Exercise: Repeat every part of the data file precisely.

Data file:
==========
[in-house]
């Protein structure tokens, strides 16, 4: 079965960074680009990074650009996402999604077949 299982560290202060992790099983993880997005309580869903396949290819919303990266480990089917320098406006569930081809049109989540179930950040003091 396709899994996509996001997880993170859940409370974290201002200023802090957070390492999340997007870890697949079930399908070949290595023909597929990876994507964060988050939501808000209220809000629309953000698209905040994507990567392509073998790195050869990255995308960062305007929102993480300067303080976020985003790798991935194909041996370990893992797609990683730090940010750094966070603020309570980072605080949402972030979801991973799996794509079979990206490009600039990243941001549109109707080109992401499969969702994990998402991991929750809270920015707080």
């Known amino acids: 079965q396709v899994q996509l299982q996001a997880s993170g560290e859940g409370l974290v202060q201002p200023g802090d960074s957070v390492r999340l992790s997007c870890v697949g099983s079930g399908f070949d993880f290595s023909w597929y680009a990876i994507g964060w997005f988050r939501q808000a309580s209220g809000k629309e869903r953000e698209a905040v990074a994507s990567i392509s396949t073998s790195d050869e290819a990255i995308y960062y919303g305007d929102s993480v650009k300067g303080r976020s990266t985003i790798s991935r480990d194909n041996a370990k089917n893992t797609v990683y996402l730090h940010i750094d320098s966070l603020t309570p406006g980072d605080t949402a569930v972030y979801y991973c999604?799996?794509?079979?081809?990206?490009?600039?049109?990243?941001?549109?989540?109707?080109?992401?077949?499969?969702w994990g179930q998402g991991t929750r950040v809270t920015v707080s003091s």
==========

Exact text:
[in-house]
């Protein structure tokens, strides 16, 4: 079965960074680009990074650009996402999604077949 299982560290202060992790099983993880997005309580869903396949290819919303990266480990089917320098406006569930081809049109989540179930950040003091 396709899994996509996001997880993170859940409370974290201002200023802090957070390492999340997007870890697949079930399908070949290595023909597929990876994507964060988050939501808000209220809000629309953000698209905040994507990567392509073998790195050869990255995308960062305007929102993480300067303080976020985003790798991935194909041996370990893992797609990683730090940010750094966070603020309570980072605080949402972030979801991973799996794509079979990206490009600039990243941001549109109707080109992401499969969702994990998402991991929750809270920015707080």
């Known amino acids: 079965q396709v899994q996509l299982q996001a997880s993170g560290e859940g409370l974290v202060q201002p200023g802090d960074s957070v390492r999340l992790s997007c870890v697949g099983s079930g399908f070949d993880f290595s023909w597929y680009a990876i994507g964060w997005f988050r939501q808000a309580s209220g809000k629309e869903r953000e698209a905040v990074a994507s990567i392509s396949t073998s790195d050869e290819a990255i995308y960062y919303g305007d929102s993480v650009k300067g303080r976020s990266t985003i790798s991935r480990d194909n041996a370990k089917n893992t797609v990683y996402l730090h940010i750094d320098s966070l603020t309570p406006g980072d605080t949402a569930v972030y979801y991973c999604?799996?794509?079979?081809?990206?490009?600039?049109?990243?941001?549109?989540?109707?080109?992401?077949?499969?969702w994990g179930q998402g991991t929750r950040v809270t920015v707080s003091s």